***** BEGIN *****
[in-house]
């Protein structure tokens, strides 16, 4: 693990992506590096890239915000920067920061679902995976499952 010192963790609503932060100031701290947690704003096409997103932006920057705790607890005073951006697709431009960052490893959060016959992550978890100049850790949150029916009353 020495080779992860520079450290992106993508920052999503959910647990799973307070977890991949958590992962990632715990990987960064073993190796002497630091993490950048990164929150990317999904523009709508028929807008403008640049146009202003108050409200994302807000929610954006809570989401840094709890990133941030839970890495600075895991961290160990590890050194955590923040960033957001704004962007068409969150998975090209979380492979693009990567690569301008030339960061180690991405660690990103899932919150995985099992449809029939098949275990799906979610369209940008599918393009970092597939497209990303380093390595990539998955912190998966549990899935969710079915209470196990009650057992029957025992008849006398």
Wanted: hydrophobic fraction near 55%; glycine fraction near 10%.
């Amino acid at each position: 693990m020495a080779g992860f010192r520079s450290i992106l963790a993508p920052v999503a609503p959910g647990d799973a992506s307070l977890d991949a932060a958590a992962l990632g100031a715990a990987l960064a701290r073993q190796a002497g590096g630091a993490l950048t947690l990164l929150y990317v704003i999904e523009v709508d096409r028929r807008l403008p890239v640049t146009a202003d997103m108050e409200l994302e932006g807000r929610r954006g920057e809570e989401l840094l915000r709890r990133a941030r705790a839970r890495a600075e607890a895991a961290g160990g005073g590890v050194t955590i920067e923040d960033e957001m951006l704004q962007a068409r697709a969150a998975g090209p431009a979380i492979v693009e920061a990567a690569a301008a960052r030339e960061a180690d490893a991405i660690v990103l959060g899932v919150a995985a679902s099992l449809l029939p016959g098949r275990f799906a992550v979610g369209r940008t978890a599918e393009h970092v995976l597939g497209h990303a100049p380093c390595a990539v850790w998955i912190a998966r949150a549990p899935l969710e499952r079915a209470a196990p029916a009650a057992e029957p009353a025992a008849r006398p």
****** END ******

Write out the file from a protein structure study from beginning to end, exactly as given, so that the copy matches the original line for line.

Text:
[in-house]
């Protein structure tokens, strides 16, 4: 693990992506590096890239915000920067920061679902995976499952 010192963790609503932060100031701290947690704003096409997103932006920057705790607890005073951006697709431009960052490893959060016959992550978890100049850790949150029916009353 020495080779992860520079450290992106993508920052999503959910647990799973307070977890991949958590992962990632715990990987960064073993190796002497630091993490950048990164929150990317999904523009709508028929807008403008640049146009202003108050409200994302807000929610954006809570989401840094709890990133941030839970890495600075895991961290160990590890050194955590923040960033957001704004962007068409969150998975090209979380492979693009990567690569301008030339960061180690991405660690990103899932919150995985099992449809029939098949275990799906979610369209940008599918393009970092597939497209990303380093390595990539998955912190998966549990899935969710079915209470196990009650057992029957025992008849006398």
Wanted: hydrophobic fraction near 55%; glycine fraction near 10%.
């Amino acid at each position: 693990m020495a080779g992860f010192r520079s450290i992106l963790a993508p920052v999503a609503p959910g647990d799973a992506s307070l977890d991949a932060a958590a992962l990632g100031a715990a990987l960064a701290r073993q190796a002497g590096g630091a993490l950048t947690l990164l929150y990317v704003i999904e523009v709508d096409r028929r807008l403008p890239v640049t146009a202003d997103m108050e409200l994302e932006g807000r929610r954006g920057e809570e989401l840094l915000r709890r990133a941030r705790a839970r890495a600075e607890a895991a961290g160990g005073g590890v050194t955590i920067e923040d960033e957001m951006l704004q962007a068409r697709a969150a998975g090209p431009a979380i492979v693009e920061a990567a690569a301008a960052r030339e960061a180690d490893a991405i660690v990103l959060g899932v919150a995985a679902s099992l449809l029939p016959g098949r275990f799906a992550v979610g369209r940008t978890a599918e393009h970092v995976l597939g497209h990303a100049p380093c390595a990539v850790w998955i912190a998966r949150a549990p899935l969710e499952r079915a209470a196990p029916a009650a057992e029957p009353a025992a008849r006398p």